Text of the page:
So Wendy's advertises their sandwich as having 256 combinations - meaning there are 8 ingredients you can either have to not have (although I wonder why they would count the combination where you include nothing as valid, but I digress).
A generalized approach allows you to multiply the various states of each selection together, which allows more complex combinations. In this case Wendy's items can only be included or excluded. But some sandwiches might have the option of two kinds of mustard (but not both, to save costs).
These are fairly straightforward. You multiply the number of options together, so For Wendy's it's:
2*2*2*2*2*2*2*2 = 256
If they diversified their mustard selection as above it would be:
2*2*3*2*2*2*2*2 = 384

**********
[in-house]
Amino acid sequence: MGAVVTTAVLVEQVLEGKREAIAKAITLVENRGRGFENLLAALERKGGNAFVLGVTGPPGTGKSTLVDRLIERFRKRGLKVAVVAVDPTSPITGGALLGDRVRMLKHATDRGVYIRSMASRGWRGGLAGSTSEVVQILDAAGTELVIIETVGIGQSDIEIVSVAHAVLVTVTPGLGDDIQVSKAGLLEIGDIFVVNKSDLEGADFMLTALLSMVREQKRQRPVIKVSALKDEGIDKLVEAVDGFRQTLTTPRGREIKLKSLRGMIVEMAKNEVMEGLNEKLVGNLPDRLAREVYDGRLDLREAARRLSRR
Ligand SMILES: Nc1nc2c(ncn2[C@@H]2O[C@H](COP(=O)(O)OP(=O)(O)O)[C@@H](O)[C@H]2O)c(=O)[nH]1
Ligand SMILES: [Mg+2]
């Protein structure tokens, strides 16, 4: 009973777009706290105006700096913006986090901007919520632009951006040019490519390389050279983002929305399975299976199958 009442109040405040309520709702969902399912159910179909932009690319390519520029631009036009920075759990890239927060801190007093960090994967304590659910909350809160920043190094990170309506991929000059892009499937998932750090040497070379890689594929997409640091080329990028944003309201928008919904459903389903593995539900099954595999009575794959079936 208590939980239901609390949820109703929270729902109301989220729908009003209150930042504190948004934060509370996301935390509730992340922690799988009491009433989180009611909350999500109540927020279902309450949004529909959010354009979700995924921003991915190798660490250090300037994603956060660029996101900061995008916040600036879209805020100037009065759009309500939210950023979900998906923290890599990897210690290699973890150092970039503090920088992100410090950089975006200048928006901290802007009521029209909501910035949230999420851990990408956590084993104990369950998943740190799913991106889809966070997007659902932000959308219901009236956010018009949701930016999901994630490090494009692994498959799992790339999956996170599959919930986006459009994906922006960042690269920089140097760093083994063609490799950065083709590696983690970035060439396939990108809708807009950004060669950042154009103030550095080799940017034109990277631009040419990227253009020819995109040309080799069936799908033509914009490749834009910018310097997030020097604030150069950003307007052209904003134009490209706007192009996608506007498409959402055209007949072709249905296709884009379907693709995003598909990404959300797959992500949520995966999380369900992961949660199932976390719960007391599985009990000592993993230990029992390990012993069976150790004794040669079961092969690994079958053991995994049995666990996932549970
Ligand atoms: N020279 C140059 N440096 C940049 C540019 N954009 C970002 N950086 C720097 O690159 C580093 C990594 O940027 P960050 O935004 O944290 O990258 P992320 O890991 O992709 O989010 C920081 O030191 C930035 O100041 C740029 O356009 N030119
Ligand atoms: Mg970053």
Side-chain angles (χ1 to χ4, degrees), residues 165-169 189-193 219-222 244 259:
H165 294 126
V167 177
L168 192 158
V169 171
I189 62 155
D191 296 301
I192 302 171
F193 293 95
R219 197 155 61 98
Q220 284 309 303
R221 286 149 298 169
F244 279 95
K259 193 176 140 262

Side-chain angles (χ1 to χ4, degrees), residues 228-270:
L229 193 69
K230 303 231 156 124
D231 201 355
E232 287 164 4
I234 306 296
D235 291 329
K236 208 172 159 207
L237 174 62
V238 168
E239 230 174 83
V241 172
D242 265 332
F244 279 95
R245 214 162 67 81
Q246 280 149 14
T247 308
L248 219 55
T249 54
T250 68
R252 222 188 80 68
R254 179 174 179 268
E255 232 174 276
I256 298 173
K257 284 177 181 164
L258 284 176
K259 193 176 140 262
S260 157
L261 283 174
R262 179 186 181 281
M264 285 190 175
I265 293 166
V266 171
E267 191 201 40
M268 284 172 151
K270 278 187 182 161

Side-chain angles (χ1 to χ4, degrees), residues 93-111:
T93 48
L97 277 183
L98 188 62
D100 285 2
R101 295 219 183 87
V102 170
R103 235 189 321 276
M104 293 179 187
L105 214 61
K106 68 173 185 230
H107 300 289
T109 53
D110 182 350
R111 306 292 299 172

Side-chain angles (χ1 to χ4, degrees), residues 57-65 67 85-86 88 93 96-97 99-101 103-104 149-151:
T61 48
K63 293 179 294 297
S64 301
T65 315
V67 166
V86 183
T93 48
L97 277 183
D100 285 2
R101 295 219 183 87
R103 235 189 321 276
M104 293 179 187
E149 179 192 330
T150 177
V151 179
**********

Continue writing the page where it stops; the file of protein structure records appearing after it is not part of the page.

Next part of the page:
Going further appears to be harder.
If you make sesame seeds a separate item, then they require the bun item. You can have the sesame seed only if you include the bun, and you can have the bun without sesame seeds, but you cannot have sesame seeds without the bun. This can be simplified to a single bun item with three states (none, bun with seeds, bun without) but there are situations where that cannot be done.
Dell's computer configurator, for instance, disallows certain combinations (maybe the slots are all full, items are incompatible when put into same system, etc).
- What are the appropriate combinatorial approaches when dealing with significantly more complex systems where items can conflict?
- What are good, generalized, approaches to storing such information without having to code for each product/combination/item to catch conflicts?
- Is there a simple way to say, "there are X ways to configure your system/sandwich" when the system has to deal with complex conflicting combinations?